About one year ago, Dante and I started his battle with cellulitis and lymphangitis in his left hind leg. Cellulitis is not a terminal disease, and can be managed. But it ended up being Dante's undoing. I often look back on it, thinking to myself, "What more could I have done to keep him here with me?". I think it is natural to feel guilty when you elect for euthanasia of your beloved, but it is also fair and even benevolent when their quality of life has diminished.
I know there is more I could have done to keep him around. I know that if I would have pumped more money and time into him, he would still be here right now, nearly a year after his death. But I also know in my heart that it would not have been the right thing for him. Would I be out kissing his face and grooming him right now? Yes. Would he be comfortable? No.
Many people have asked me, "What happened?" or "Why did Dante get put down?". It was not because of his cellulitis, but at the same time, it was. The rest of his body was so banged up, it really could not cope with the trouble in his left hind leg on top of everything else. The demise of my sweet Dante, my best friend and confidant for nearly a decade, was a culmination of many injuries - the first of which happened when he was just a year old.
Dante didn't come into my life until I was 12 years old, and he was 13. Obsessed with my pony and interested in his history (and of course, finding foal pictures!), I searched his breeder on Facebook, as well as his previous owner, whom I had never met, since Dante was purchased from a sale barn. I sent them both messages, but much to my dismay, did not receive responses from either of them. Well, not right away at least.
About 4-5 years after I sent my original messages, I heard back from both Dante's breeder, and the owner he had before me. I gained so much insight on his life, and just how special (and loved!) he was.
One of the greatest questions I had was why he had a huge scar on the top of the right-side of his haunch. When he first came to me, somebody told me it was because he had gotten caught in a fence, so that was the story I stuck with for years. It did not hinder his movement too much for the first several years I had him, but he was mechanically lame at the walk when he wasn't pushed to stretch out. At the trot and canter though, he was lovely, and had no limitations. (He passed a vet check, don't worry!)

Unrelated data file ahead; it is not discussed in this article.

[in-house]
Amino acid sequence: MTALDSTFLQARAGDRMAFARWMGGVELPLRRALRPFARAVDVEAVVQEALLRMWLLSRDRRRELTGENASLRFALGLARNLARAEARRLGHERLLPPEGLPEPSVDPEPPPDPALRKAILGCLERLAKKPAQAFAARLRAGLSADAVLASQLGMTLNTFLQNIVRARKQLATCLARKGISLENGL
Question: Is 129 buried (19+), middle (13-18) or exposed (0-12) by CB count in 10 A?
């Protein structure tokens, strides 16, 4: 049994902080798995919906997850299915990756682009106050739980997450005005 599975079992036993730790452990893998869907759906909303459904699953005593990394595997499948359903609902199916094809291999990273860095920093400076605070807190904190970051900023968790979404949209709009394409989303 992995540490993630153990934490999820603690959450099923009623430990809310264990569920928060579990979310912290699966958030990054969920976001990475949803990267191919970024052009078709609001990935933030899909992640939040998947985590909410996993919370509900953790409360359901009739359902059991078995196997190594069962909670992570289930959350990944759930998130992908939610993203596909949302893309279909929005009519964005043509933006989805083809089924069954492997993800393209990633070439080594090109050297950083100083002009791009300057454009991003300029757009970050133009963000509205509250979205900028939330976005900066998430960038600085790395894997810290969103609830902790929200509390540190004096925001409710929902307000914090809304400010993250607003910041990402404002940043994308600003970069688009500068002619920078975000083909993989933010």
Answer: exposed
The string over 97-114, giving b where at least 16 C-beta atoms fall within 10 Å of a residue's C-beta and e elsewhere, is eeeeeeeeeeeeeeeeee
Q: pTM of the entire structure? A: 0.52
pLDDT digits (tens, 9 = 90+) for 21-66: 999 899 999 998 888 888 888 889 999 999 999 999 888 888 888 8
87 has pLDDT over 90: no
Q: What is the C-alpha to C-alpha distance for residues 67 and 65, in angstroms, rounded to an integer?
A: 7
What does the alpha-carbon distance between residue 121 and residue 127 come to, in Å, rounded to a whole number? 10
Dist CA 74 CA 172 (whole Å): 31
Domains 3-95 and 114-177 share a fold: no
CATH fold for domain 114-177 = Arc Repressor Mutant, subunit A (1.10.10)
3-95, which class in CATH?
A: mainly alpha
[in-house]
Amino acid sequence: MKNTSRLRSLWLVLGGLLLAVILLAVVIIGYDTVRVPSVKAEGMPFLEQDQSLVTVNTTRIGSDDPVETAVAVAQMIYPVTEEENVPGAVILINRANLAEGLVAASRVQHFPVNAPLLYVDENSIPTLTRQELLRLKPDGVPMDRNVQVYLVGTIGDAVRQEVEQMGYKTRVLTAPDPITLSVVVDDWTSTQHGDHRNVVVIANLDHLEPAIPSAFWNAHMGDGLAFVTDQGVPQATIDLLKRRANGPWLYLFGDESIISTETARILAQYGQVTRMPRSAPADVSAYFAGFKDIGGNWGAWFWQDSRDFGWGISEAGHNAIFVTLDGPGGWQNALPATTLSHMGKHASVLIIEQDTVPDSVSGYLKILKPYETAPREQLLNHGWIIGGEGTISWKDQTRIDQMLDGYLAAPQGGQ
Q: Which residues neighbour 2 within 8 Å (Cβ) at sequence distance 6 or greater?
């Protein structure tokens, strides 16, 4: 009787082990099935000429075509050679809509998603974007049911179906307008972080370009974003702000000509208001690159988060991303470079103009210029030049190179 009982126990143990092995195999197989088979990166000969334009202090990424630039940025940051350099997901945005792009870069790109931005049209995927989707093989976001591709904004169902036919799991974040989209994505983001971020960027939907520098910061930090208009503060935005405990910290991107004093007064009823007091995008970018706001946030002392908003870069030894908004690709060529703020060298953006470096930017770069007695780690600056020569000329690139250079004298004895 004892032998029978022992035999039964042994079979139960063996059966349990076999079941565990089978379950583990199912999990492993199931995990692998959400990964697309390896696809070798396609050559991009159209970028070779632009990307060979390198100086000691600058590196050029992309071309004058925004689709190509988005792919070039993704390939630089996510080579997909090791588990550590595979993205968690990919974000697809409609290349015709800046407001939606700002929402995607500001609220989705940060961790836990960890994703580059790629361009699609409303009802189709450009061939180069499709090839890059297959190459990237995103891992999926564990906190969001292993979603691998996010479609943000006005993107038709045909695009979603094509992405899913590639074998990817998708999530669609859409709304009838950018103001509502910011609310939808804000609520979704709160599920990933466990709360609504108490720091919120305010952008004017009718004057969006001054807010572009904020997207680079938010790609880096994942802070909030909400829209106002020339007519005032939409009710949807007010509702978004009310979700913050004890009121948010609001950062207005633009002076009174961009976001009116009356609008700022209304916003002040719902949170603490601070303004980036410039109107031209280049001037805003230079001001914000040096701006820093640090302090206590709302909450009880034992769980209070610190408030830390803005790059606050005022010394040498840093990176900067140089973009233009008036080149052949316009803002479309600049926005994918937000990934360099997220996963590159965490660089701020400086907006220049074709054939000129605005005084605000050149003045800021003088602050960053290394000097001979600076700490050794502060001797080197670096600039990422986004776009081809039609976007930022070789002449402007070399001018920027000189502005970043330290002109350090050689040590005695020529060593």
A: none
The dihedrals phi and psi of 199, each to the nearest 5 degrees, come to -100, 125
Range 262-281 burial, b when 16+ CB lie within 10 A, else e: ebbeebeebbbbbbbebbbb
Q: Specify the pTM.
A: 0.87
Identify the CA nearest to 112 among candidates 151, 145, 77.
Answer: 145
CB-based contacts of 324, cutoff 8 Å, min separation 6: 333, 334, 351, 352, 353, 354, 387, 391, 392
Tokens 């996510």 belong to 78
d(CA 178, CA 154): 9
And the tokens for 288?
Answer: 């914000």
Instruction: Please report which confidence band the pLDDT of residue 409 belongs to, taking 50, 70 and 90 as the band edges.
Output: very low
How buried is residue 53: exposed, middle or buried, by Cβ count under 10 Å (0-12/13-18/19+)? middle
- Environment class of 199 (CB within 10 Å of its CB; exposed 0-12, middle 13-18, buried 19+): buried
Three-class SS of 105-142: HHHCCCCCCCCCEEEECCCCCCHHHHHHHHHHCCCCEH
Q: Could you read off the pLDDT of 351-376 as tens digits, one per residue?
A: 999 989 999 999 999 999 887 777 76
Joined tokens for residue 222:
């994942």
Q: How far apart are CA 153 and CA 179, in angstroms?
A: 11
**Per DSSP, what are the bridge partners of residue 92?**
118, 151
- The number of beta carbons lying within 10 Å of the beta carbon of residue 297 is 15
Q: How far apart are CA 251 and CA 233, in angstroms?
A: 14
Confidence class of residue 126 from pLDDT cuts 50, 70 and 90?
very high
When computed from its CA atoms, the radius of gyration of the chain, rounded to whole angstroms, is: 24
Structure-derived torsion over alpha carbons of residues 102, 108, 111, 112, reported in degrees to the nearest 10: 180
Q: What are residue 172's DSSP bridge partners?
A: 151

When Dante's breeder, Peter, got in touch with me, he told me what really happened - he had not been caught in a fence.
Dante was a yearling, and it was feeding time. He was living in a barn with a roof that was lower on one side. When the feeding truck came around, Dante was excited, and bucked so high, he sliced his hind end open on the metal roof of the barn. The vet was called on emergency; Peter was in the Midwest when it happened, and had to get the next flight back to Reno, Nevada to care for his injury. Dante healed, but with a huge indentation in his glutteal muscle. It was never quite right, and as he aged, the right side of his haunch atrophied significantly, eventually causing more problems for him.
Peter also sent me some baby pictures! I cried.
When I heard back from his previous owner, Kerry, it was a few months later. Kerry and I formed a bond over "our boy", and she even stopped by to see him in California when she was visiting - even though her & her husband live on the East Coast! With Kerry, Dante had no injuries that she recalled. I got a few more pictures of him from when he was hers.
With me, Dante was steady for years. Even with my horrible horsemanship. I insult myself and get frustrated with myself because I knew absolutely nothing about horse ownership when I first became Dante's owner. I often wish I could purchase Dante as my horse now because I would be the horse owner that he deserved. While Dante was fed and loved, I was never taught about proper grooming, blanketing, nutrition, farrier care, veterinary care, exercise regimes, or even disease protocols. I wish I would have been. I learned what I knew about horse care from YouTube videos for the most part. I wish I would have known about maintenance - He would have been on Adequan, fed supplements, and worked properly. He was incredible for going steady for so many years.
In late 2012, Dante was "off" for the very first time. I could tell as soon as I put his halter on to pull him out of his paddock that something was wrong. He was walking fine, but just seemed incredibly stiff and slow-moving. I had the veterinarian come out, and they radiographed his knees. He had severe - like, almost no range of motion - arthritis in his right front carpus (knee). Now, would I notice today if my horse had arthritis that badly just from looking at the knee from the outside? Yes. But as a 16-year-old girl, no. I really didn't know the difference. Dante was the only horse I looked closely at, so to me, his knees looked normal.